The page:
Although it can be a toss-up between On the Mouth and Foolish, it think this is my favorite Superchunk record. It has just the right ratio of punkiness in the mix. These songs are for jumping around and spazzing-out but they have just enough maturity and songwriting craft there to escalate them above your typical sophomoric "pop-punk." I still think "The Question Is How Fast" is their best song ever.
Mindless popcorn fair that manages to be entertaining without getting too annoying. The story and characters are really, REALLY dumb, but at least there was an attempt to put some human interest into it.
This was my introduction to Superchunk so, although I don't think it's their best, it still is one of my favorites. The only time I ever saw them live was during the tour for this record. I went to the show because Kevin Seconds' Drop Acid was opening up. I had no idea who Superchunk was, but I was quickly converted as they bounce around on stage and blew away that opening band which was so forgettable that I forgot I typed their name one sentence ago. Side-note: I remember that it was also the night that Magic Johnson announced that he had AIDS.
I've heard a few interviews with Taleb and he can be very interesting so I tried to give one of his books a try knowing that much of it would probably be over my head. It really wasn't as dense as I expected. In fact, he uses many easily understandable anecdotes and examples to demonstrate his observations on why we tend to incorrectly confuse random outcomes with successful insights/predictions. Maybe a little too much focus on finance than I really need to hear, but overall an provocative read.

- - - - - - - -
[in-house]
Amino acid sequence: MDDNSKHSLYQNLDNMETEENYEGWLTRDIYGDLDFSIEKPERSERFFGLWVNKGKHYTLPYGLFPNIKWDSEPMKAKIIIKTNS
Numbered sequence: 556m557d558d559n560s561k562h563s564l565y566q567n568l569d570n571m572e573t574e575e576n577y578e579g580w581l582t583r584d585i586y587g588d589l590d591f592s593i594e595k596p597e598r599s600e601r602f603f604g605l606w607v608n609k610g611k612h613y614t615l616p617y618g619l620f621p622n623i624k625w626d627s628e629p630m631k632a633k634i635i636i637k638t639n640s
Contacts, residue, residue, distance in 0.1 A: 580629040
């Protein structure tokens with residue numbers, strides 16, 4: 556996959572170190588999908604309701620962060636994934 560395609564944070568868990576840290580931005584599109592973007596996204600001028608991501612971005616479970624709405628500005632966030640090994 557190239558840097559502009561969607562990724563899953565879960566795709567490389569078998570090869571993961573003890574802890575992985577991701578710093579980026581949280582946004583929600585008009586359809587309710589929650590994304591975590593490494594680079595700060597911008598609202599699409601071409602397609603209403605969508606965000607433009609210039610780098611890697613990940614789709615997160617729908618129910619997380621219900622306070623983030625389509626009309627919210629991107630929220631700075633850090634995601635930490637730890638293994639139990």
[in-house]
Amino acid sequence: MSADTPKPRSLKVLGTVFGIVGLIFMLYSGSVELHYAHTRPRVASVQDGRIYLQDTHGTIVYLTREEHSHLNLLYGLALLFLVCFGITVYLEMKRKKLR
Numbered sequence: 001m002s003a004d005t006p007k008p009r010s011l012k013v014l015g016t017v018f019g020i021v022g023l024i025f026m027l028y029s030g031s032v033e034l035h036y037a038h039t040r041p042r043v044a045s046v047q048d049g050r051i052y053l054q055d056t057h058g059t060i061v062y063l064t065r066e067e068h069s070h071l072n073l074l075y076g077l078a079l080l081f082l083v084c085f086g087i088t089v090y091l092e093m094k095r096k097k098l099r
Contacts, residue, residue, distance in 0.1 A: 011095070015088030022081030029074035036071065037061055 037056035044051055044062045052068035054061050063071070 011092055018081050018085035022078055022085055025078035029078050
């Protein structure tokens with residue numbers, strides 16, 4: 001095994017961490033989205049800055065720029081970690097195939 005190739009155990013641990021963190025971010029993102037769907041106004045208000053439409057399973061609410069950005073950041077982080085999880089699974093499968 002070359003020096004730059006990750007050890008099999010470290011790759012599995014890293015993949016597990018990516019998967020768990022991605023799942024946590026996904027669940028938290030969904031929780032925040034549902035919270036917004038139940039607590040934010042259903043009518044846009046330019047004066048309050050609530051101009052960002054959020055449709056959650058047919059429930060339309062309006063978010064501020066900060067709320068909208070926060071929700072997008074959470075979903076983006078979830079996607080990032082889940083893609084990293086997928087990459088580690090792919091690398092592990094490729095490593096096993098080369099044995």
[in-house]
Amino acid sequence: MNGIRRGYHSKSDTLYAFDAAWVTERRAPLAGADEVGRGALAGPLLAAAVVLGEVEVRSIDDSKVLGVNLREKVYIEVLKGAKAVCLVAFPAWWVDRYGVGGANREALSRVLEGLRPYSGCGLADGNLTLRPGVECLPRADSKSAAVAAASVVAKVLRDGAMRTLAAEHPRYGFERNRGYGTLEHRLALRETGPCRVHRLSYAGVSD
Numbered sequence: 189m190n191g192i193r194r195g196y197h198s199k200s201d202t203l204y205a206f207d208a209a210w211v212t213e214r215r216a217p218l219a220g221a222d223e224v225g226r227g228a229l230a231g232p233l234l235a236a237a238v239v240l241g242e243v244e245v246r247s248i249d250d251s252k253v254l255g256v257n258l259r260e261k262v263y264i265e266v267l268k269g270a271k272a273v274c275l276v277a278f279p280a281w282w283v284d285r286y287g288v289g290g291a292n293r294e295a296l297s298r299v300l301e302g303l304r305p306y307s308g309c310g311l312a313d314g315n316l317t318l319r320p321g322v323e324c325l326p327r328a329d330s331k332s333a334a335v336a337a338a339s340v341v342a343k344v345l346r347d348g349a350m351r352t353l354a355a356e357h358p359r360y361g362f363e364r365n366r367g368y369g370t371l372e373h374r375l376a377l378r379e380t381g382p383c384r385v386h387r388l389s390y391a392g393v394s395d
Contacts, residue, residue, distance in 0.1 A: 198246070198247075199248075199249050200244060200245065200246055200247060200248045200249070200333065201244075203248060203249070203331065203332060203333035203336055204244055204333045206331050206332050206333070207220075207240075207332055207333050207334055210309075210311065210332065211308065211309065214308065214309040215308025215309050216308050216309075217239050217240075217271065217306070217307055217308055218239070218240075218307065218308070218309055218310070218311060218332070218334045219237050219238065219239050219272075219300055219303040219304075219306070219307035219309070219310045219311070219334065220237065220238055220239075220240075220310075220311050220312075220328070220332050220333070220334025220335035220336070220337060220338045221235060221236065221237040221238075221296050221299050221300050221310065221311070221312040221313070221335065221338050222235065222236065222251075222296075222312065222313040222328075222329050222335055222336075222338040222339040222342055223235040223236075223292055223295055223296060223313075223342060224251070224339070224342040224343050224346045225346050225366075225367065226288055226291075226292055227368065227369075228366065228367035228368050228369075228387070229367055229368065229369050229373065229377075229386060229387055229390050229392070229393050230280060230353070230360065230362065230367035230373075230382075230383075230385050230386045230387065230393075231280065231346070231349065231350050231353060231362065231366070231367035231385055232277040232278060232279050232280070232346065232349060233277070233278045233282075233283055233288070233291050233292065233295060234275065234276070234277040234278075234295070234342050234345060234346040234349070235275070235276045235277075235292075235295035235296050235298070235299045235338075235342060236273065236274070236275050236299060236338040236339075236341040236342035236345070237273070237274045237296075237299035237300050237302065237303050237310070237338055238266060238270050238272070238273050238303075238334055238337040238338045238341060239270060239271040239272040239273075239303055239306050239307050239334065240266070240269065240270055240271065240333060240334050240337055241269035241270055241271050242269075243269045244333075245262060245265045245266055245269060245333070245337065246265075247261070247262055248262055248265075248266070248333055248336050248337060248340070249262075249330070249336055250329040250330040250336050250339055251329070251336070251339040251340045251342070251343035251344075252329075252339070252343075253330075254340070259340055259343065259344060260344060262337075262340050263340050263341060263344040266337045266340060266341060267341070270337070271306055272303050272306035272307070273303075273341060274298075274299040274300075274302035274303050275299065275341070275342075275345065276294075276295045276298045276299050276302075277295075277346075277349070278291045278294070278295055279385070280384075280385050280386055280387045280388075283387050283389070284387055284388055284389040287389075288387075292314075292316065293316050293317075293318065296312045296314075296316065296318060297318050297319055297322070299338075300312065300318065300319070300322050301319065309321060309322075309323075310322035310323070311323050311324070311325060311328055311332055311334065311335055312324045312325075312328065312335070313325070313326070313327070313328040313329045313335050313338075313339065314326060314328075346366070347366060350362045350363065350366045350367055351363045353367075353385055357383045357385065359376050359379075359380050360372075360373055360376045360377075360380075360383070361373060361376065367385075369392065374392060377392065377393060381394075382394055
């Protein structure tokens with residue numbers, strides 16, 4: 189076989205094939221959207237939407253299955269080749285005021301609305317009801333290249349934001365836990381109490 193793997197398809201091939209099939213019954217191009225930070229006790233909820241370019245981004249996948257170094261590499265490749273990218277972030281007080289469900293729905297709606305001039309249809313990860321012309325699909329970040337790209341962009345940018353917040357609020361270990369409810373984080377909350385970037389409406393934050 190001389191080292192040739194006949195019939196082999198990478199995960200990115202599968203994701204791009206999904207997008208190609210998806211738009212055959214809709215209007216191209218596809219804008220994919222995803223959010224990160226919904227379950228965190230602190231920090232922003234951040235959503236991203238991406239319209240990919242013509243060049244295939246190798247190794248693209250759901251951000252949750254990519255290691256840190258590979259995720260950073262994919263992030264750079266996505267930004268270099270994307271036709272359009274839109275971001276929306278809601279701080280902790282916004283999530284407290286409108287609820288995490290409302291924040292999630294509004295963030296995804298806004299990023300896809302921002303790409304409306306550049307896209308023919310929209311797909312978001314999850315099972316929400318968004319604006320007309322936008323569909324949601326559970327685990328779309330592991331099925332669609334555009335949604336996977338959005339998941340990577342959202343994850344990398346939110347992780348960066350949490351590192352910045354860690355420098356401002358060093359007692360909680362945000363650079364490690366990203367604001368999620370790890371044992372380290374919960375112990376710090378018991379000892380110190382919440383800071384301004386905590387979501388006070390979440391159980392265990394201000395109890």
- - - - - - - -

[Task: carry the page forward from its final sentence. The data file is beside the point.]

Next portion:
Superchunk has followed a rather standard indie band trajectory by starting their career with a rough, punky debut before moving on to more produced and tuneful records. This CD is good, but it is not at the level of greatness that subsequent records achieved.
A mediocre crime film from the forties with lots of hammy acting and a thoroughly ridiculous plot involving reviving an executed murderer.
It was a rainy Halloween here in Chicago so my usual program of manning the front door, blasting creepy sound effects records and watching old (mildly) kid-friendly horror movies was cut a little shorter than usual. I did manage to watch Mario Bava's Baron Blood. Not his best work but it has its moments. If you think burnt pilgrims are scary, this is the movie for you.